skip to Main Content
01778 342915 info@profryltd.uk

Festival season is coming – are you ready?

Festival season is coming – are you ready?

It may only be January but the summer months will be here in no time and that means the calendar will soon be bursting with festivals and events. 

And, it’s not just festival-goers and music enthusiasts who look forward to festival season, it’s also a busy and potentially incredibly prosperous time for mobile food vendors. 

In fact, spending on food and drink at festivals is said to have doubled over the past 10 years, with the latest figures showing that the average festival-goer spends between £50 – £115. 

So it definitely pays to ensure you’ve booked a space for your mobile catering van or fish and chip van at a festival or two this summer. 

Here’s how to make the most of festival season this year.

Choose the right festivals 

There are a huge variety of festivals to choose from – from iconic names such as Glastonbury and Leeds Festival, through to smaller, locally-based and niche events. 

If you want to make the most of your food truck spot at a festival, it’s important that you carefully research potential festivals and their audiences to find the most appropriate ones for you. A vegan festival probably won’t be suitable for your fish and chip van, for example.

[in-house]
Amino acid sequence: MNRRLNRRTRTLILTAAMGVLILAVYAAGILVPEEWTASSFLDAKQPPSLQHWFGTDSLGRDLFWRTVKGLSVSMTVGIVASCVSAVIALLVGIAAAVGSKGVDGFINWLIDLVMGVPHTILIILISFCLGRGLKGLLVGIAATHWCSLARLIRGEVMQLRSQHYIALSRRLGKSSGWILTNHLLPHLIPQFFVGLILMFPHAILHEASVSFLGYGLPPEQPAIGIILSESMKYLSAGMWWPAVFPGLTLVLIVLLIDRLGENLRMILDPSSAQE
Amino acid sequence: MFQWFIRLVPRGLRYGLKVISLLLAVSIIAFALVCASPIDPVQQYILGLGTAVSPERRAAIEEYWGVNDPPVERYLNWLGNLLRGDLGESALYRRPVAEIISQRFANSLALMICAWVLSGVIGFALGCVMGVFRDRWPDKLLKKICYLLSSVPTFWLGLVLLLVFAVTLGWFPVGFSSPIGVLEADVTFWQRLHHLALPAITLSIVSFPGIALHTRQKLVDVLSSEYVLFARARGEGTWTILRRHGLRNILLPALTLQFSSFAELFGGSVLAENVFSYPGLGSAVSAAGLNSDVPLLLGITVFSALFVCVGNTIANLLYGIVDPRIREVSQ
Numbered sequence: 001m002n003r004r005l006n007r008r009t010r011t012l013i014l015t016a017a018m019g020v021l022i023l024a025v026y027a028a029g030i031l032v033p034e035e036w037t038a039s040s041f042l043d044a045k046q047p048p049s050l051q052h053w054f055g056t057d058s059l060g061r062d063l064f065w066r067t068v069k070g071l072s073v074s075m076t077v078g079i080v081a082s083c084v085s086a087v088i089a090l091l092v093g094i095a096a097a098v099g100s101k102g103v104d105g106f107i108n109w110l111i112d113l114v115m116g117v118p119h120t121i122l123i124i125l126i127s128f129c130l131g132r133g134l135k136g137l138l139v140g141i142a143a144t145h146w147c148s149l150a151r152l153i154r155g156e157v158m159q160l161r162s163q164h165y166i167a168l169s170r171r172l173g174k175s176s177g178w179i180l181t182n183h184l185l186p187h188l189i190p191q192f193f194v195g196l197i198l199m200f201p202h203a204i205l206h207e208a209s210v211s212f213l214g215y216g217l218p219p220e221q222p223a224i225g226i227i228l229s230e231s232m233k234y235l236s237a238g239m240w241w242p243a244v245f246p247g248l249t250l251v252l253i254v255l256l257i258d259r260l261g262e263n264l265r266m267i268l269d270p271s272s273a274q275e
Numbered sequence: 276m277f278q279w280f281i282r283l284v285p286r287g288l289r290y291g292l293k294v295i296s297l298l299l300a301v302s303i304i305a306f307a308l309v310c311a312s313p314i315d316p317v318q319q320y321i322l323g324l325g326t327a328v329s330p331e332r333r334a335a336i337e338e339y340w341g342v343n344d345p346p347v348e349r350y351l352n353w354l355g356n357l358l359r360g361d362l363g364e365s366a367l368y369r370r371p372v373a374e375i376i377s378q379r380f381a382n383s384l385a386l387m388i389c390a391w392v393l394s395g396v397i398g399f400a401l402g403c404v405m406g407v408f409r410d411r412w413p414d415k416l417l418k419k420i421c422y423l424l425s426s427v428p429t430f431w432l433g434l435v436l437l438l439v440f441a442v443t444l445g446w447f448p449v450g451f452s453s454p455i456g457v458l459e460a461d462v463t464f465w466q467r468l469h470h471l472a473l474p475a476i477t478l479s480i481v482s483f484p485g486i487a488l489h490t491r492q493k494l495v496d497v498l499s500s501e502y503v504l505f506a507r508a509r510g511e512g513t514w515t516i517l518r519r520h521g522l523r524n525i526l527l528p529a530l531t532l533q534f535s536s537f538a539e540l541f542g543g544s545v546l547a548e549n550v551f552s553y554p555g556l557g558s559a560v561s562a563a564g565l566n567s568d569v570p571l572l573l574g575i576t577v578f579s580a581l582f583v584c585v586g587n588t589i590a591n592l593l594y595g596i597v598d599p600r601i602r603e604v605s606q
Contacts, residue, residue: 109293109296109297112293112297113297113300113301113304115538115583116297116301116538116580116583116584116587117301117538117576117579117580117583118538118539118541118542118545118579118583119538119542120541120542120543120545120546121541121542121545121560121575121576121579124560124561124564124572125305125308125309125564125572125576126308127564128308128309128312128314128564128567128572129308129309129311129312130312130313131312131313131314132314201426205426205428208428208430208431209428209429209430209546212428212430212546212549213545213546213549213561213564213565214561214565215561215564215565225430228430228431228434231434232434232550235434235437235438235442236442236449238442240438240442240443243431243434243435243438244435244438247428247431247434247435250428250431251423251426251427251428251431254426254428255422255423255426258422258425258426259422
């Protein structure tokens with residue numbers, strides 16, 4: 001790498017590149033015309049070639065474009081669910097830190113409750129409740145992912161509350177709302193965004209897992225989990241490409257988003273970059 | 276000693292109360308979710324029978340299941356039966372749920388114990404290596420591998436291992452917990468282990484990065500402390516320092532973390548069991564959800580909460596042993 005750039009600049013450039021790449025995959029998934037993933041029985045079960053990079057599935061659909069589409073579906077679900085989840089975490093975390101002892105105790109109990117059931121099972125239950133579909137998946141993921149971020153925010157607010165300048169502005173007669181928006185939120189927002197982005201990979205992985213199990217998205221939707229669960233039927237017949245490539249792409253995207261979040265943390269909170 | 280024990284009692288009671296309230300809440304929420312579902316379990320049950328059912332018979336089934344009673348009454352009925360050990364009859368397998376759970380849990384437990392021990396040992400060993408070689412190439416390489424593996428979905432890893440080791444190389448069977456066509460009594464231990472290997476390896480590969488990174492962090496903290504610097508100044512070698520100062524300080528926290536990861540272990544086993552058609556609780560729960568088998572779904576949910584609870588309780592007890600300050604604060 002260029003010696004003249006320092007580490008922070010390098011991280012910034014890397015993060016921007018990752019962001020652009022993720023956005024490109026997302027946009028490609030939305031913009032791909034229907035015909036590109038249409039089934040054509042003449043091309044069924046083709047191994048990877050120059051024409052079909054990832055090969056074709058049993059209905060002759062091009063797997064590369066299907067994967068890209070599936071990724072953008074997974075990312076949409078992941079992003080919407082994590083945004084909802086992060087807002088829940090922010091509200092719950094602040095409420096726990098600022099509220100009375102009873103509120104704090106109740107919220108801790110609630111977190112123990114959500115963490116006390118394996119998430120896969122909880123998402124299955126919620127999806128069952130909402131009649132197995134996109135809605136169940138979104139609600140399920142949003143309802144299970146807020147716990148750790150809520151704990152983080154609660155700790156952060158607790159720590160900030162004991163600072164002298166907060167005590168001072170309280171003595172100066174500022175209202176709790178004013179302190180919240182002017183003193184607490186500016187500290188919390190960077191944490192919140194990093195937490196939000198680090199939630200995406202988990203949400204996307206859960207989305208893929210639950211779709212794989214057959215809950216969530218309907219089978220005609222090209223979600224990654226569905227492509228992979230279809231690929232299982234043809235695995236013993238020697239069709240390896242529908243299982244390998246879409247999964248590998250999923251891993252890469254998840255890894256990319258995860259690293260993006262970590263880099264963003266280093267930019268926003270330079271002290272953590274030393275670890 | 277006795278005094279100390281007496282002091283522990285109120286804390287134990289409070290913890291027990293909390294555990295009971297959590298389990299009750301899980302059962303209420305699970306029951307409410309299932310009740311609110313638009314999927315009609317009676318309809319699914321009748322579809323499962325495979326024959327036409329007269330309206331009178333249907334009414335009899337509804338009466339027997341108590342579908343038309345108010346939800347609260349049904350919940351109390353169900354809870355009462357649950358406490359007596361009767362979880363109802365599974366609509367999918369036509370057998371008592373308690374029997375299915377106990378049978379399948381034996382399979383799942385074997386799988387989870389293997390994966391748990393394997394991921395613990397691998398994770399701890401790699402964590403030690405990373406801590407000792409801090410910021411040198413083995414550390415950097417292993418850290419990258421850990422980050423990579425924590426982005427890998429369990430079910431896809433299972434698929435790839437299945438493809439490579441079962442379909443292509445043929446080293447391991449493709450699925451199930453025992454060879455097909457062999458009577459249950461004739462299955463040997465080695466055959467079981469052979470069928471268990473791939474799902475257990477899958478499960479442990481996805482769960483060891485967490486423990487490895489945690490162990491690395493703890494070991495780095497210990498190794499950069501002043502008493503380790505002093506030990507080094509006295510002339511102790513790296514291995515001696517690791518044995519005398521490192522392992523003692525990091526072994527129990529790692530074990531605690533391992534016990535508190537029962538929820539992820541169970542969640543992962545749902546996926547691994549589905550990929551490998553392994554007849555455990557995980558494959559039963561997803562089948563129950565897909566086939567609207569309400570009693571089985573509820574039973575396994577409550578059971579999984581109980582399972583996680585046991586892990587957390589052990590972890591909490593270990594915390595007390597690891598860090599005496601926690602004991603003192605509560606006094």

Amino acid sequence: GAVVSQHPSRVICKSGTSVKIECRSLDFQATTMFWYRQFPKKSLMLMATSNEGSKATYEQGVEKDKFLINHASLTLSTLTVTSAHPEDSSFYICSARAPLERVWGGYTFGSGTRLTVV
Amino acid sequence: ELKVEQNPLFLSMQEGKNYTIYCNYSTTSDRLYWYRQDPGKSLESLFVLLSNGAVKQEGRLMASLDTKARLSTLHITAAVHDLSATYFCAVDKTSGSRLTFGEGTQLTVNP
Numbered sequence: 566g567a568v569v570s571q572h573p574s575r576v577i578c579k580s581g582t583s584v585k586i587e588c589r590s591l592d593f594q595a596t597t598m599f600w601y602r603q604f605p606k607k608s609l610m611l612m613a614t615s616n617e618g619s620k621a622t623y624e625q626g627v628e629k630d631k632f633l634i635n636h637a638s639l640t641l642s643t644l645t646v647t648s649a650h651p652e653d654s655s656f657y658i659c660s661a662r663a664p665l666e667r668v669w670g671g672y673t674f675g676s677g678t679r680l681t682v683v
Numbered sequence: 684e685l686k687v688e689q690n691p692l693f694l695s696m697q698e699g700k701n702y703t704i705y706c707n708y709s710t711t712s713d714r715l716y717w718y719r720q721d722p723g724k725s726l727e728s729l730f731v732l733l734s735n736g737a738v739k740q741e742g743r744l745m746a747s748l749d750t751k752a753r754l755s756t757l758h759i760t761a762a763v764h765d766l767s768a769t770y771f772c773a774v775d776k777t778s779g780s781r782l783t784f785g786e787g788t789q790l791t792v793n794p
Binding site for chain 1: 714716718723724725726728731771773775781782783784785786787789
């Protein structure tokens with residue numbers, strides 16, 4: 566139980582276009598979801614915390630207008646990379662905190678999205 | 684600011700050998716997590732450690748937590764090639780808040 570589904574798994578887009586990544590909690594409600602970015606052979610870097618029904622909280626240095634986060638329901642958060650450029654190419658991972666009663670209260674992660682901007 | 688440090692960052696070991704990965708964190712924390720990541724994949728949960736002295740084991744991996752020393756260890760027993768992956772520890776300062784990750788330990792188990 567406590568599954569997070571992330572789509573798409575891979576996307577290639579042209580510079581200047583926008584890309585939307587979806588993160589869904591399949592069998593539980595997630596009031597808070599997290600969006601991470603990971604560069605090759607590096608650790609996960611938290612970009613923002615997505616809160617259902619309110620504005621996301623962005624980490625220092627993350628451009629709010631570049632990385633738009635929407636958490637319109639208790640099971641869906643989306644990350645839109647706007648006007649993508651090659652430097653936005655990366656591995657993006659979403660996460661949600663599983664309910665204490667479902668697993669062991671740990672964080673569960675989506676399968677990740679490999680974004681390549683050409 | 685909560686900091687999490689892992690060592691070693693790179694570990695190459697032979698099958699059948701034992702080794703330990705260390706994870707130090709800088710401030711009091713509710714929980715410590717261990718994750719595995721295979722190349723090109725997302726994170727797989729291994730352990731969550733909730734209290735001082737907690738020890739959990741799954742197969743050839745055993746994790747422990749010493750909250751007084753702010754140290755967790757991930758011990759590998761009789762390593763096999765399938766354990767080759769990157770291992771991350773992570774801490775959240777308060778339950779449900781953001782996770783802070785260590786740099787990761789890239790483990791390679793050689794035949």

If this is the first time you’ve considered taking your food van to a festival, it’s a good idea to start small and work your way up to larger events. 

What’s on trend?

While fish and chips is a classic dish that will always go down well at festivals, it’s worth doing your research into what’s popular at the moment, and if there are any food trends you can incorporate into your offering. 

For example, if a significant amount of attendees at your chosen festival are likely to be vegetarian, why not add an extra fish-free option to your menu? 

Costs 

However much you enjoy it, running your fish and chip van is, ultimately a business. So before you book your pitch at a festival, it’s important to calculate whether the event will actually be profitable for you. 

Start by calculating how much the stall will cost you. Most festivals charges a fixed price for your pitch or a percentage of your net takings. 

You’ll also need to factor in things such as paying staff for the duration of the event, power rental, parking, travel costs, stock, equipment, and marketing materials. 

How many products would you need to sell to make the festival worthwhile? Make sure you’re realistic in your planning! 

Health & Safety and Hygiene requirements 

Most festivals require their food vendors to comply with specific health and safety policies, and you should expect to be asked to provide evidence of your compliance on the day. You may also be inspected on the day.

Back To Top